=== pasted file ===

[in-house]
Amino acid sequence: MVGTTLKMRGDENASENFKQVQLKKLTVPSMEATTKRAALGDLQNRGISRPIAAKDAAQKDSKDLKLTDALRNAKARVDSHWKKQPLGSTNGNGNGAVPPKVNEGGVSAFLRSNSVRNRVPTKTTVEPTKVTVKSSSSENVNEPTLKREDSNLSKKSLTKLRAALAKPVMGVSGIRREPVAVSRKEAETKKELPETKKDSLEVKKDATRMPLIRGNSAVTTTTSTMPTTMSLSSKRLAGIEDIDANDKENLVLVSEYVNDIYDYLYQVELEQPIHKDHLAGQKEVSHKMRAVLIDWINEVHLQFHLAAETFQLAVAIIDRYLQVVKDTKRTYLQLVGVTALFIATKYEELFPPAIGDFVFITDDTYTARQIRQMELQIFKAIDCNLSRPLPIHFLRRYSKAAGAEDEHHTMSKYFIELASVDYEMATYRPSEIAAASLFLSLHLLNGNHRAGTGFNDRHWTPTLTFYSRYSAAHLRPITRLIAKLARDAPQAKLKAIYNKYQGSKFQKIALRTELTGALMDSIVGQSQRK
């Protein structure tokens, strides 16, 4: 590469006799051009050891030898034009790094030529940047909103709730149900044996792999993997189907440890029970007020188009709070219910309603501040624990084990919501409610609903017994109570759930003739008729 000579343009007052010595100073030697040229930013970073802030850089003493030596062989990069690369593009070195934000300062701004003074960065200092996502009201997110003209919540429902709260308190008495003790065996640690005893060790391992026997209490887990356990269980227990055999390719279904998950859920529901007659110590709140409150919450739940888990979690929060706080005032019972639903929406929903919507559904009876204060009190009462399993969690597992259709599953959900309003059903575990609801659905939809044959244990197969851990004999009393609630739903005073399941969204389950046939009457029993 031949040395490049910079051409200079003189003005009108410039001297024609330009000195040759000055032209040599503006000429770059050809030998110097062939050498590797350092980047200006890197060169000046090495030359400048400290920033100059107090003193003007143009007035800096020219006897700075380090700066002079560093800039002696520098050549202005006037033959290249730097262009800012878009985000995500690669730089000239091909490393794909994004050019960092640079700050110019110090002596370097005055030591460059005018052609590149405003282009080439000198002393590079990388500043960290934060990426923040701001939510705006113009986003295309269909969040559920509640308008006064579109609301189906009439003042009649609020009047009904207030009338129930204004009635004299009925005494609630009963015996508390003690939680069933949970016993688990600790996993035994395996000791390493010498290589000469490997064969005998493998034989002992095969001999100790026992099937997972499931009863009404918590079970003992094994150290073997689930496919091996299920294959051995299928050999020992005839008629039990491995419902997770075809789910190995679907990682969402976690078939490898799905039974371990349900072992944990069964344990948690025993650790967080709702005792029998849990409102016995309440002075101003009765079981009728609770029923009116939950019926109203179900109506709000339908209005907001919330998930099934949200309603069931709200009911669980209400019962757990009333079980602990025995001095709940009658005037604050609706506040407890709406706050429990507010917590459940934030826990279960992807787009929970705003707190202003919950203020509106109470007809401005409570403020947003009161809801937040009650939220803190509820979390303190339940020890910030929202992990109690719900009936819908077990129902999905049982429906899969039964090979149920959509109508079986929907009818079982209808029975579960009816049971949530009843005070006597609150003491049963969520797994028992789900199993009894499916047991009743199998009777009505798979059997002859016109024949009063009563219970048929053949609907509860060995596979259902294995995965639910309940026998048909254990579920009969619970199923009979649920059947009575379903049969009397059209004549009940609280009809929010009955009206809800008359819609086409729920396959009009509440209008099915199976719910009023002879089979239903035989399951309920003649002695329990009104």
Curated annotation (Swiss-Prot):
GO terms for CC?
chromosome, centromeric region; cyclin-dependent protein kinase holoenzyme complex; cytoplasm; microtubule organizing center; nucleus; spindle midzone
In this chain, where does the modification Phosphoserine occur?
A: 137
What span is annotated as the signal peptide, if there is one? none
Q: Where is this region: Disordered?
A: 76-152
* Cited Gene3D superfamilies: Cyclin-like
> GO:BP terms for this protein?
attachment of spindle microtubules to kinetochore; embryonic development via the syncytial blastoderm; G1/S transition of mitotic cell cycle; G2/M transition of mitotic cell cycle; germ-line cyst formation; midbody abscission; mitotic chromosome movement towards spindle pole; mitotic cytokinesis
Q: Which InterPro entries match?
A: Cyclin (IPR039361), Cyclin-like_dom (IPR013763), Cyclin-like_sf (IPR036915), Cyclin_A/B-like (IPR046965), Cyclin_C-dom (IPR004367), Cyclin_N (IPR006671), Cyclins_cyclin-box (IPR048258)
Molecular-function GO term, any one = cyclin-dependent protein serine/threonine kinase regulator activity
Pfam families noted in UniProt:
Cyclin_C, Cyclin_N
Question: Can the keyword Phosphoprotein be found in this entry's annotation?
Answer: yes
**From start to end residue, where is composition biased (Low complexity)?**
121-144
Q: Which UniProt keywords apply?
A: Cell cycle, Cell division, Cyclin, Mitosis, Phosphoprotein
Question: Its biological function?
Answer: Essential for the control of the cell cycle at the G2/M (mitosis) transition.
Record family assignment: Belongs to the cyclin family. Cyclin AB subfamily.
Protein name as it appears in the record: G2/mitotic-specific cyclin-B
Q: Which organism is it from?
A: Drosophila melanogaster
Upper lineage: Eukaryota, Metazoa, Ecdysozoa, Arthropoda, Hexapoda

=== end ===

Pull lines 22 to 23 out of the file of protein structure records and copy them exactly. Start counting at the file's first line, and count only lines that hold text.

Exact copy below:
**From start to end residue, where is composition biased (Low complexity)?**
121-144